and/or reduction of root system area caused by earthworks. Recovery of these individuals to
good condition can be promoted by application of the simple remediation measures (chiefly
additional feeding to improve vigour).
Where trees are in close proximity to earthworks, consideration must be given to possible root
damage due to soil disturbance, or through grade changes which may disturb the delicate
relationship between roots and the surrounding soil.
Consequences include root mortality,
decline in vigor, and frequently, death of the tree. An arborist should be consulted early in the
design and / or construction process with regard to treatment of the tree, changes to design
which may limit such disturbance, or removal of the tree due to a low likelihood of survival.
Brunswick Heads To Yelgun Pacific Highway Upgrade
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These issues are discussed in detail by Smiley E.T (1999)
Preventing Damage to Trees from
Grade Changes.
Bartlett Tree Research Laboratories, Charlotte, North Carolina.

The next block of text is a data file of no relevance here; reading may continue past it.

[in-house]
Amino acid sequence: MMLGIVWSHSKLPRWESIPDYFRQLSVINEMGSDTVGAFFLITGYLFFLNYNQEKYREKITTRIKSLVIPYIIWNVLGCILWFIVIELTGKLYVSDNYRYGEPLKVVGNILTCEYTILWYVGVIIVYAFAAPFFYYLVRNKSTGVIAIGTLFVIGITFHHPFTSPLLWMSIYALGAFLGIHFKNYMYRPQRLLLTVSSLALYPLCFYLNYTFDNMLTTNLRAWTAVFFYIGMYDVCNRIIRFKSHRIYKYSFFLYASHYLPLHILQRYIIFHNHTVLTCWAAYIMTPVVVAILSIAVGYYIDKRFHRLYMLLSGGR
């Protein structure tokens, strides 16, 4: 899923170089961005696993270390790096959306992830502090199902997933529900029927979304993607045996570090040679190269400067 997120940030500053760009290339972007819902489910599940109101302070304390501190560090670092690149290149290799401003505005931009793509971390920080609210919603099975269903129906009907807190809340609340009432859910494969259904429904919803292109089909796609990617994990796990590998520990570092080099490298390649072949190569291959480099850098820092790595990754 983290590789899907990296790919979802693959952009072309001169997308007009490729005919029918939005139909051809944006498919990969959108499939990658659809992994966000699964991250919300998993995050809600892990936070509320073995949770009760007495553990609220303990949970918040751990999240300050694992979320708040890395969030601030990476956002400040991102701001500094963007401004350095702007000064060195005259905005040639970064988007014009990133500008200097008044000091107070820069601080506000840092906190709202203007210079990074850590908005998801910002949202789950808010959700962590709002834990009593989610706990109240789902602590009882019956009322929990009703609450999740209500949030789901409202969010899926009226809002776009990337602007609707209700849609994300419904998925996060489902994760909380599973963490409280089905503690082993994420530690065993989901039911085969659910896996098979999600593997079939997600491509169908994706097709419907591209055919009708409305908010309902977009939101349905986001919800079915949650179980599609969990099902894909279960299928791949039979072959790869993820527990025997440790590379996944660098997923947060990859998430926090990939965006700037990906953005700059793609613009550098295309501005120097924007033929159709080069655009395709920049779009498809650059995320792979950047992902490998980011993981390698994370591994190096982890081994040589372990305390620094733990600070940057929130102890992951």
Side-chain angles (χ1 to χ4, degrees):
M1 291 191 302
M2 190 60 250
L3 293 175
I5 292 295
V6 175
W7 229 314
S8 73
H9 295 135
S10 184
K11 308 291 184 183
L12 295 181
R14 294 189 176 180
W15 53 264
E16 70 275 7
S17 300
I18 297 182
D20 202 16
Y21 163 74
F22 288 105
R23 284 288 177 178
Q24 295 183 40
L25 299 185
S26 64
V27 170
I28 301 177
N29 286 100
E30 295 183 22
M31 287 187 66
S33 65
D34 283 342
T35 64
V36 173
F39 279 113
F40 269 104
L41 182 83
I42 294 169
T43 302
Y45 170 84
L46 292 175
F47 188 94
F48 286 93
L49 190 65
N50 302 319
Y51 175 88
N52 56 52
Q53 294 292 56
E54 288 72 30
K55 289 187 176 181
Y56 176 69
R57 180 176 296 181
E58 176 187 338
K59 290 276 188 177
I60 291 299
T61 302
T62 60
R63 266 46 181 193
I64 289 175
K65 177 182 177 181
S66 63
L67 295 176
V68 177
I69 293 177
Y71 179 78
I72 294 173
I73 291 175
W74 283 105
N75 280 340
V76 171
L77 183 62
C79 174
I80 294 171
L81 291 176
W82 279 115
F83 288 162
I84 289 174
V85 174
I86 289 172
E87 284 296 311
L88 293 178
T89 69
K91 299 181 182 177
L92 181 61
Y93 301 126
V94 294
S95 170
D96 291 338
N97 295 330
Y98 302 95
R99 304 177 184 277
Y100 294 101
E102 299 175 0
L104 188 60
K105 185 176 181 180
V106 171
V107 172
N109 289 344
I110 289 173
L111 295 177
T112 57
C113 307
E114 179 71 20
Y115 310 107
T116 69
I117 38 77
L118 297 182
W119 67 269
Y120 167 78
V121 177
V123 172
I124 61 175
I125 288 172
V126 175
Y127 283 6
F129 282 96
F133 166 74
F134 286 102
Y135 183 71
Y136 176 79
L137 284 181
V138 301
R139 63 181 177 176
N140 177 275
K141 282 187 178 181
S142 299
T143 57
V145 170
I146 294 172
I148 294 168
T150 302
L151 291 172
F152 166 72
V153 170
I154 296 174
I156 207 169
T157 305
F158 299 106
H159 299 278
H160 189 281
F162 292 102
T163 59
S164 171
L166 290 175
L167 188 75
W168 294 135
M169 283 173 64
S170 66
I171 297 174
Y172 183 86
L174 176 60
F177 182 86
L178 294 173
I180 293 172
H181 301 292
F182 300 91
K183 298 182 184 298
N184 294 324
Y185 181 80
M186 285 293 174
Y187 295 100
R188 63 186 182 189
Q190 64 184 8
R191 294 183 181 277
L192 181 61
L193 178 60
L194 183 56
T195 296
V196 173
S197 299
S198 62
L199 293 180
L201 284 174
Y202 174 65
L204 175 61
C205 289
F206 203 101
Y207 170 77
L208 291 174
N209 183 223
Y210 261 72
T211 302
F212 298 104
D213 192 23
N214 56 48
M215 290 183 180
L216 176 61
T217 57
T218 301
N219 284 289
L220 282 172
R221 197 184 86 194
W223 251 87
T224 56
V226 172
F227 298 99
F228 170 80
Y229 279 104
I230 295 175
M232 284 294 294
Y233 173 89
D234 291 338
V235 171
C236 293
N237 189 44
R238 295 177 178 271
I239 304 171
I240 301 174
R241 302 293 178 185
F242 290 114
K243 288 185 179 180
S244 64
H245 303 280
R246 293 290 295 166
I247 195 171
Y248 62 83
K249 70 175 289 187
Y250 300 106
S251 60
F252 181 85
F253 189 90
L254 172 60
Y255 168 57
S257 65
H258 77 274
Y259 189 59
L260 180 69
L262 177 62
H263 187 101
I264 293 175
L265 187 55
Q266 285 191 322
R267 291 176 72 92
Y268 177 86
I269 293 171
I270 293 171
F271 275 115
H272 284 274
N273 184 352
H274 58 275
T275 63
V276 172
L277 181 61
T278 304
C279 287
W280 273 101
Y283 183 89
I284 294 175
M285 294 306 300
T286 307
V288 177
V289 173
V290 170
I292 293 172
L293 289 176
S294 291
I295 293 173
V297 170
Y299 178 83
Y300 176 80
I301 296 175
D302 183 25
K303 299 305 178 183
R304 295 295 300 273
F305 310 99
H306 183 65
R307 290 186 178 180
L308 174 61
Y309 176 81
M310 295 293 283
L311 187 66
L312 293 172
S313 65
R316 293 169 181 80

The
document also provides excellent examples of how to manage this issue.
Photograph 3.23 Bunya Pines near the STP access Road. These, and a small number of other trees along
the alignment died several years following the completion of earthworks, most likely due to soil disturbance
in, or over, the root zone. These impacts are difficult to predict and the preferred approach is to leave the
trees in place whenever possible, with the understanding that some will die, and have to be removed later.
3.6.4.3
Weed control
Many weed infestations begin as one or a few plants, which could have been easily removed.
Too often weeds are allowed to develop into large infestations that are very expensive, or
practically impossible, to remove. Early intervention is a much more efficient and cost-effective
means of weed control and would result in much better quality habitat for rare and threatened
plants over the long-term.